Microplastics and Clothing

Are you contaminating our water with microplastic pollution from clothing?


What are microplastics?

Plastic debris can be found in many forms, sizes, and shapes. Microbeads are polyethylene plastic pieces found in cleaning and beauty products, and have been banned in Wisconsin since 2015 (O’Brien 2015). However, plastic pieces smaller than 5mm in length are considered microfibers or microplastics. Longer, thinner strands of plastic are released when clothing items are washed. They are so small that they often make it past sewage treatment filtration systems and pollute waterways. If your wastewater is going to a municipal sewage treatment facility, you are likely contaminating surface waters with microplastics.

Why are microplastics a problem for the environment?

Synthetic microfibers, including microplastics, can easily be consumed by fish and other wildlife due to their small size. Many microfibers have been shown to cause toxicological effects in individual organisms (UCSB). This means that any aquatic wildlife consuming these tiny fragments could be negatively impacted. They may also pass the fibers up the food chain through biomagnification when they are consumed by larger animals. Bioaccumulation is a pollutant’s concentration increasing from the environment to the first organism in a food chain, which is the initial introduction of microplastics into the aquatic environment. Biomagnification is the increase in concentration of the pollutant as it moves through organisms higher up in the food chain. Eventually, the largest fish and other wildlife in aquatic systems contain huge concentrations of these plastics, causing debilitating illnesses and deformations. Nanoplastic particles have also been found lodged in the brains of fish and were shown to affect their behavior.

Why is this a problem for humans?

Humans consume tons of aquatic wildlife every day, so we need to be careful about what is going into our bodies. If toxins build up in large fish, crabs, shrimp, and other seafood, those same toxins are then passed on to the human body. Biomagnification applies to humans as well; if we eat multiple contaminated fish, the toxin level in our bodies rises to dangerous levels. Microplastics have been shown to absorb toxic chemicals and later release them into the digestive system, causing immense health issues. Evidence has also been found that nanoplastics could be toxic and may be able to travel through the intestinal wall during digestion. It remains unclear whether these particles then go on to enter the bloodstream.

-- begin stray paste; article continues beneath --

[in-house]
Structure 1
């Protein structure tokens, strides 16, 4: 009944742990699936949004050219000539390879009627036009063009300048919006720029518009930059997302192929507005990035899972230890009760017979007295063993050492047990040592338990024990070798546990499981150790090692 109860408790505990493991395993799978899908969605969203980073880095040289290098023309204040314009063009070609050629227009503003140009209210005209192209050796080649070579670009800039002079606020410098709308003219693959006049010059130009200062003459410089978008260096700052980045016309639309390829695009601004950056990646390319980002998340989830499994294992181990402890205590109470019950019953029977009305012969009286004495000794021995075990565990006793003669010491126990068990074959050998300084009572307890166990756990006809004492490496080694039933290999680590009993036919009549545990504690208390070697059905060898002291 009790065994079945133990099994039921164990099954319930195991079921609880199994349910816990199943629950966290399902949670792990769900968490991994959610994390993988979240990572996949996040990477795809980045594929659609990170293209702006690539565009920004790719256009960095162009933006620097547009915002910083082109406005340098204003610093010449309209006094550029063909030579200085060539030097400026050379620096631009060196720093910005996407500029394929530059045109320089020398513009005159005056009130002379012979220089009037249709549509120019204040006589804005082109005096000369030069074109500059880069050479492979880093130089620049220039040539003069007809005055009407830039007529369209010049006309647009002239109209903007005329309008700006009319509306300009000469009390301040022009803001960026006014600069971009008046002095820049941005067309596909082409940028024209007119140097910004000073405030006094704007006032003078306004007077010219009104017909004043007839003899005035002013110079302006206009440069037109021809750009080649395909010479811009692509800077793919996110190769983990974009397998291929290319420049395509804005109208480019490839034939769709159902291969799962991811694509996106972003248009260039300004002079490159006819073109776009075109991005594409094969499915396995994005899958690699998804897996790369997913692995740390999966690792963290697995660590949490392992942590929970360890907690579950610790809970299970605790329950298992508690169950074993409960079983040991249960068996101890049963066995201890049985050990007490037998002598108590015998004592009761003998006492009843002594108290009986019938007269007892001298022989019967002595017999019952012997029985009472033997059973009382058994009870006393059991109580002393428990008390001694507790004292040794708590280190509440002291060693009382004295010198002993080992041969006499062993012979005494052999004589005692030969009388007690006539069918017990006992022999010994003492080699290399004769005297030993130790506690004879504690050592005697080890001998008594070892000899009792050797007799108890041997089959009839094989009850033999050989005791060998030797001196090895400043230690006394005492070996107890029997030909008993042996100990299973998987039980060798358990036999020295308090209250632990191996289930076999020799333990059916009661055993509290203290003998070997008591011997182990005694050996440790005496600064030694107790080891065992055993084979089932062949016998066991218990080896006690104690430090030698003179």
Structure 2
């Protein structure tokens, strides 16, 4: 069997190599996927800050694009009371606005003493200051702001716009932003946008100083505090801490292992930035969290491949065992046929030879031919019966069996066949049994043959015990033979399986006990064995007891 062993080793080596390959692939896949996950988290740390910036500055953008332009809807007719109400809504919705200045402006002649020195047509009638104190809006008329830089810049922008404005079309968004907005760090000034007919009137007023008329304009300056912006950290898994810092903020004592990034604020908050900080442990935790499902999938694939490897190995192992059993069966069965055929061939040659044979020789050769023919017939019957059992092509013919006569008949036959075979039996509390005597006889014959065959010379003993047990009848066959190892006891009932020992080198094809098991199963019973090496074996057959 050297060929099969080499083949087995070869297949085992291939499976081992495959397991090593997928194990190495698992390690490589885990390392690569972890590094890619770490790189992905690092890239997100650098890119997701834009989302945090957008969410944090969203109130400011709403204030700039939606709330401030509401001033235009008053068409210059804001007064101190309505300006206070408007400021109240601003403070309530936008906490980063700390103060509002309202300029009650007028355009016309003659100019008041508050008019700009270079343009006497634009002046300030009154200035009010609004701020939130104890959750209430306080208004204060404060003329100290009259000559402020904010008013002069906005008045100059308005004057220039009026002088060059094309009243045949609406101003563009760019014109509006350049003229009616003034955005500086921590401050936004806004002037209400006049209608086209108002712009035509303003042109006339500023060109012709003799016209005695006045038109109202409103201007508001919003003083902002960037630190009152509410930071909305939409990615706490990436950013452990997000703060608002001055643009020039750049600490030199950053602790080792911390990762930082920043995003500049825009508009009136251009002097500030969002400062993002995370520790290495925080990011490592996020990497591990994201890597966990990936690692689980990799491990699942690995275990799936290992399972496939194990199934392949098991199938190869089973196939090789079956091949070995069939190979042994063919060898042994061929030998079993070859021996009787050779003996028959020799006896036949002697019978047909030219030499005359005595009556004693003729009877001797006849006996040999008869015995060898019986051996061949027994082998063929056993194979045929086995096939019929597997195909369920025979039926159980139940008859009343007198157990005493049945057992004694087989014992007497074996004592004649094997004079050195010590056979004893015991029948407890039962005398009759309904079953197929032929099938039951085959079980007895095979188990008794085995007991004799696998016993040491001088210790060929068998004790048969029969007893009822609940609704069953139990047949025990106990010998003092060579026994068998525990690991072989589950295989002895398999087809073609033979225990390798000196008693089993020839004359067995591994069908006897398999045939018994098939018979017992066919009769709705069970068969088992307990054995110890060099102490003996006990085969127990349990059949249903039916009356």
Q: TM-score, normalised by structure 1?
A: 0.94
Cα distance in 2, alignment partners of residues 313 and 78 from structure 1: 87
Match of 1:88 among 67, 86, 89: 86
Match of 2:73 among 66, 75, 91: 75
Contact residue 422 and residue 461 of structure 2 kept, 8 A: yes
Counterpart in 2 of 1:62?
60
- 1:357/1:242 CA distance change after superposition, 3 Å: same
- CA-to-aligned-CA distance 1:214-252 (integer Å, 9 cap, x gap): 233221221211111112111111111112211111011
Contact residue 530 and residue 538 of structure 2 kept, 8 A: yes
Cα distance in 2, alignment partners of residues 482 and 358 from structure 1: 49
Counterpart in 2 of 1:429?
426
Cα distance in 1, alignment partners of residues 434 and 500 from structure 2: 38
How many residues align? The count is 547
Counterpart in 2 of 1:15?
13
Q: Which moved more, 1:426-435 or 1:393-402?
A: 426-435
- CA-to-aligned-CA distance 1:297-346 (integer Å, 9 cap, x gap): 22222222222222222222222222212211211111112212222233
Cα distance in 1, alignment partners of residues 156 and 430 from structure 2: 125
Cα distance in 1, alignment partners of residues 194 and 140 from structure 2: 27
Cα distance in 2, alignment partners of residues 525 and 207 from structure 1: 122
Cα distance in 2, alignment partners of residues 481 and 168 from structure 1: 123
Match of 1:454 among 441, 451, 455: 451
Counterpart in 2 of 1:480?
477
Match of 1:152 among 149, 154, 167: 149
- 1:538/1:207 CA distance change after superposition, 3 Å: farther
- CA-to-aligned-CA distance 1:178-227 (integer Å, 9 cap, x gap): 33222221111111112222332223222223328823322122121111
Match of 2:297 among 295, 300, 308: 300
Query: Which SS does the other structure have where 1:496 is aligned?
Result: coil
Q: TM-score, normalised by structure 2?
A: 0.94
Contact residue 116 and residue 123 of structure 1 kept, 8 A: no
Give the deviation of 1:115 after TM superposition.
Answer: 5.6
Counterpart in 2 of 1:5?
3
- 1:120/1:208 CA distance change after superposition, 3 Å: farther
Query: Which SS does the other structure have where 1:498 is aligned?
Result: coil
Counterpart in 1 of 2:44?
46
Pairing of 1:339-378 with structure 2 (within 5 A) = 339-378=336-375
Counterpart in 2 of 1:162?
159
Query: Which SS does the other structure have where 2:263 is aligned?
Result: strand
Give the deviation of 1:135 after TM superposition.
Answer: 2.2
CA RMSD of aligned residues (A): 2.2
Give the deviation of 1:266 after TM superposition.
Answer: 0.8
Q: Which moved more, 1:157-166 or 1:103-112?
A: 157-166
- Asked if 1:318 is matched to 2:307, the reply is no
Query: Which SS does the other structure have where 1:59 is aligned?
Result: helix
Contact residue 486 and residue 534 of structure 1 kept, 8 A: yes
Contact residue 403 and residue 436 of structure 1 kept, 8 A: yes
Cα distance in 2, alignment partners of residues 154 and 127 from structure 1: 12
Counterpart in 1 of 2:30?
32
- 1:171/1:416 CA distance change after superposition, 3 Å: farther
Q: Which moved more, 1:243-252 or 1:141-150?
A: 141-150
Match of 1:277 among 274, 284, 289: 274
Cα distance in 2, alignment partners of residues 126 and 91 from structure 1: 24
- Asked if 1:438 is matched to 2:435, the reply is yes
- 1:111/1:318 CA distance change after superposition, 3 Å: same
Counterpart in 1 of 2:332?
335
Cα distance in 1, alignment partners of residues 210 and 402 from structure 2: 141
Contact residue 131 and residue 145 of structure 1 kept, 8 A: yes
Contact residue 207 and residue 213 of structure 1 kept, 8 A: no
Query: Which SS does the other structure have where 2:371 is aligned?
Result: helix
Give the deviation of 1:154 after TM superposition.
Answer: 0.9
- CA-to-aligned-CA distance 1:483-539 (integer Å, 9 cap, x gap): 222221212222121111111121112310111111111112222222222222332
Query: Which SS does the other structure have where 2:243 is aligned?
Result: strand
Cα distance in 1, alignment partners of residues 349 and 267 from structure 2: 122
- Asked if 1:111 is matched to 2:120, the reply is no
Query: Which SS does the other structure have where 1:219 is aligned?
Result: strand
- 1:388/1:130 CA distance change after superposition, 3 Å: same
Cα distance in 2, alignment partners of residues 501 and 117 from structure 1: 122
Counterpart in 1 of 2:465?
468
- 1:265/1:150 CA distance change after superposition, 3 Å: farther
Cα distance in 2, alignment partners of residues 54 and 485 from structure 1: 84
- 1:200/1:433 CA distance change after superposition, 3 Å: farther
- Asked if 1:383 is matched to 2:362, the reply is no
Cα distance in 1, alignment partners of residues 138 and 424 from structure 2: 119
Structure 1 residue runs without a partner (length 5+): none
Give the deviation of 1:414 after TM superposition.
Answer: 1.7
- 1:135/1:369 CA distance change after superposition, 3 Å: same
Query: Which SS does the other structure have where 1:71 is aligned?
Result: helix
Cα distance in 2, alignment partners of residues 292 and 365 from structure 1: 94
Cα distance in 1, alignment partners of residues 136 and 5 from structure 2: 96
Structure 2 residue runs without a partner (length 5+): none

How plastics enter the food web

http://www.grida.no/resources/6904

Where do microplastics come from?

Effluent from wastewater treatment plants has been found to be the main source of microplastic pollution in fresh waterways and oceans. Microfibers are released into the wastewater and travel to treatment plants. These fibers are so tiny that they bypass filtration systems and flow out from plants in “clean water” to the oceans. Most recent data from a study sponsored by Patagonia show that synthetic fleece jackets are releasing 1.7 grams of microfibers each time they are washed. The study, done by UC Santa Barbara researchers, also found that older jackets can shed about twice as many fibers as new jackets.